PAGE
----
Georgia District Attorneys Challenge Constitutionality of Oversight Commission

Georgia District Attorneys Challenge Constitutionality of Oversight Commission

A bipartisan group of Georgia district attorneys (DAs) filed a lawsuit today in Fulton County Superior Court, contesting the constitutionality of the Prosecuting Attorneys Qualifications Commission (PAQC). The PAQC, established with the authority to investigate and remove local prosecutors, has faced scrutiny over its oversight process.

The PAQC, whose members were appointed by Governor Brian Kemp and other Republican officials, has been accused by the plaintiffs of seeking to limit the power of elected prosecutors and override the will of voters.

Last year, the Georgia Supreme Court declined to approve the commission’s rules, citing constitutional concerns. However, on March 13, 2024, Governor Kemp signed a new bill (SB 332) into law, effectively reinstating the PAQC by removing the Supreme Court’s oversight.

Led by Stone Mountain Judicial Circuit District Attorney Sherry Boston (D), the plaintiffs include both Democratic and Republican DAs, such as Towaliga Judicial Circuit District Attorney Jonathan Adams (R) and Augusta Judicial Circuit District Attorney Jared Williams (D). They are represented by the Public Rights Project, a national nonprofit focused on civil rights, along with Atlanta-based law firms.

“Our commitment to fight this unconstitutional law is as strong as ever.  Gov. Kemp and the state lawmakers who supported this measure willfully ignored the concerns raised by the Georgia Supreme Court and did the absolute minimum to force the PAQC into existence.  As I promised in November, we will continue to push back against this shameless attempt by state Republicans to control how local communities address their public safety needs and work to restore that power to Georgia voters,” said DA Sherry Boston

“The lawsuit marks a crucial step in fighting back against a growing national trend of states threatening the independence of local DAs,” said Public Rights Project Legal Director Josh Rosenthal. “Georgia communities elect DAs to pursue the solutions that will keep them safe and promote justice, and this new commission aims to take that power away. We’re proud to fight alongside DAs Boston, Adams, and Williams.”

The lawsuit contends that the PAQC disrupts the fundamental structure of Georgia’s constitution, which grants local communities the authority to elect their own district attorneys. Additionally, it highlights that DAs removed by the commission are barred from serving again for 10 years.

Impact of the PAQC on Local Prosecutors

The PAQC threatens the ability of local district attorneys and solicitors-general to create policies that use a full range of tools—beyond incarceration—to promote public safety in their communities. To be effective, DAs must find ways to leverage their limited resources to focus on the most serious of crimes and use programs like pretrial diversion to resolve other cases more efficiently. 

Under the new law, however, the PAQC is empowered to discipline DAs based on their stated philosophies and commitments. For instance, DAs could be subject to discipline or lose their jobs for committing not to prosecute adultery, which is a crime under Georgia state law.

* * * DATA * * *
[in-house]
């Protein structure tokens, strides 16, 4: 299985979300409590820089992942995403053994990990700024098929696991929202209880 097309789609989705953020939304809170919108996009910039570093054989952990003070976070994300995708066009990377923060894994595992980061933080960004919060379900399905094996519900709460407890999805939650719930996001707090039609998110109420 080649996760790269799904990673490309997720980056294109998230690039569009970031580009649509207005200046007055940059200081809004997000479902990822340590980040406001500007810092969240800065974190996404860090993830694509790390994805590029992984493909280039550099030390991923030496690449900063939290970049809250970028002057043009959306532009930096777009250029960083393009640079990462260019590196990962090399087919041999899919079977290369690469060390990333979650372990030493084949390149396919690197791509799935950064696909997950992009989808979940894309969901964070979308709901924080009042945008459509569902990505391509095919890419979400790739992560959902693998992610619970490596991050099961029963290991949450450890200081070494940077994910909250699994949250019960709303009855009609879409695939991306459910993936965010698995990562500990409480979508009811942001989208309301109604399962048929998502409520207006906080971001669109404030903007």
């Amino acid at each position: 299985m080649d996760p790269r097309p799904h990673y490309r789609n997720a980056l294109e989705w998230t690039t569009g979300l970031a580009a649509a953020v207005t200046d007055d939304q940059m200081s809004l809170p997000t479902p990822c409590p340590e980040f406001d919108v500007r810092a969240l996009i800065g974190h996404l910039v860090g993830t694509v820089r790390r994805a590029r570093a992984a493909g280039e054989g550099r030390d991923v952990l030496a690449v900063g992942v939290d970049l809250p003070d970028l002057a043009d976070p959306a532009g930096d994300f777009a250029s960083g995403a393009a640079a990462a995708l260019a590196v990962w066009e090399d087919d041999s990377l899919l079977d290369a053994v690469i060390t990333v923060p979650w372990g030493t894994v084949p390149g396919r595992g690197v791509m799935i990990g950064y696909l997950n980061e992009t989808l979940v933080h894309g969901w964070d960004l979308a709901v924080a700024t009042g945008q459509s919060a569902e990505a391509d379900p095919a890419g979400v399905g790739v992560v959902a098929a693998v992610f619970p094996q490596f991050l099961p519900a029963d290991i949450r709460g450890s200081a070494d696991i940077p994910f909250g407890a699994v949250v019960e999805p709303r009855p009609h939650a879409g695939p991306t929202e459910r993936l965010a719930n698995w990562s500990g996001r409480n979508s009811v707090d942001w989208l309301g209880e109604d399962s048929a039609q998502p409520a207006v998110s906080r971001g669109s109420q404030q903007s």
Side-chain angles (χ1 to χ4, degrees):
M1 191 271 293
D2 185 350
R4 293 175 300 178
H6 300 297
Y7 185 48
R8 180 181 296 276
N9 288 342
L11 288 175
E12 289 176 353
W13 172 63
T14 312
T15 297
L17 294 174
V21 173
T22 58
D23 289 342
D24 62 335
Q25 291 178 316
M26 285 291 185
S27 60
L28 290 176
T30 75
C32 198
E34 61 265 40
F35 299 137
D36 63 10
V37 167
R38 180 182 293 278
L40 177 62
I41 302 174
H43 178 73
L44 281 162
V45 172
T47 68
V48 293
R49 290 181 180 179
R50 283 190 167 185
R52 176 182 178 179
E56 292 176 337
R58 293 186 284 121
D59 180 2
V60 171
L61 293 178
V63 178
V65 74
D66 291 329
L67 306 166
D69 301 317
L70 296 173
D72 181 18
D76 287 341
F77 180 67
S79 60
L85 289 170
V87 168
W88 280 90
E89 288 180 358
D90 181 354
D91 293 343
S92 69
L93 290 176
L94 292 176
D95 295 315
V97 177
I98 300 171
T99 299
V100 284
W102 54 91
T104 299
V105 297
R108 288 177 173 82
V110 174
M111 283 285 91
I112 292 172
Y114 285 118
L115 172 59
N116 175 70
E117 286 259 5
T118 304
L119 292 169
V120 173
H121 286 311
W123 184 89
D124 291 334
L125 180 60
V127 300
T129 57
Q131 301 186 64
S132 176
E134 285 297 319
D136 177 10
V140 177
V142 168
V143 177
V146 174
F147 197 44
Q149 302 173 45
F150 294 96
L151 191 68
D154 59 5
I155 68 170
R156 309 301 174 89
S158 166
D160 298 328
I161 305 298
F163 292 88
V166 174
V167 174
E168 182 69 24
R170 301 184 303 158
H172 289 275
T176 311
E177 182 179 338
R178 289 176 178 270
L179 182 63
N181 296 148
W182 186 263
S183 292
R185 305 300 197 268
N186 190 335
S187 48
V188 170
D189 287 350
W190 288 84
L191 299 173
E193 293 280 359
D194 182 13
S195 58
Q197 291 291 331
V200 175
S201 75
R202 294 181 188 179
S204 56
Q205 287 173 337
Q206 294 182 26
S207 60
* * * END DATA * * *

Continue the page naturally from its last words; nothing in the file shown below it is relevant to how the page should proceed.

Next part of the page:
That restricts the First Amendment free-speech rights of DAs as candidates and officials by creating a chilling effect on their ability to openly communicate their prosecutorial priorities to the public for fear of a PAQC investigation based solely on philosophical differences.   

“This law is not about oversight, it’s about overturning the will of voters,” said DA Jared Williams. “It creates a dangerous barrier between public officials and the communities we serve, discouraging transparency and undermining our freedom of speech.”

Unlawfulness of New Commission

The lawsuit alleges that the PAQC violates Georgia law, the Constitution of the State of Georgia, and the U.S. Constitution in three ways:

  1. Separation of powers (interference with prosecutorial discretion). The General Assembly does not have the authority to direct or undermine district attorneys’ exercise of prosecutorial discretion. 
  2. Free speech under the federal and state constitutions. The law restricts the First Amendment free-speech rights of DAs as candidates and officials, punishing DAs for articulating their prosecutorial philosophies and for being clear with their communities about how they will carry out justice. 
  3. Failure to Obtain the Assistance of the Prosecuting Attorneys’ Council: O.C.G.A §15-18-32(g) requires the PAQC to consult with the Prosecuting Attorneys’ Council (PAC), Georgia’s official, objective agency to assist prosecutors, as it developed the Code of Conduct and other rules. Instead, the partisan members of the commission plowed forward with rules that reinforce the statute’s flaws without consulting PAC. 

The plaintiffs have asked the court to declare that O.C.G.A. § 15-18-32 is void or to at least halt the PAQC from handling any complaints or disciplining any local prosecutors.  

With the filing of the lawsuit, the plaintiff DAs also seek to bar the new commission from investigating or taking disciplinary action against district attorneys or solicitors-general for prosecutorial decisions, including non-prosecution policies, or for statements related to those decisions.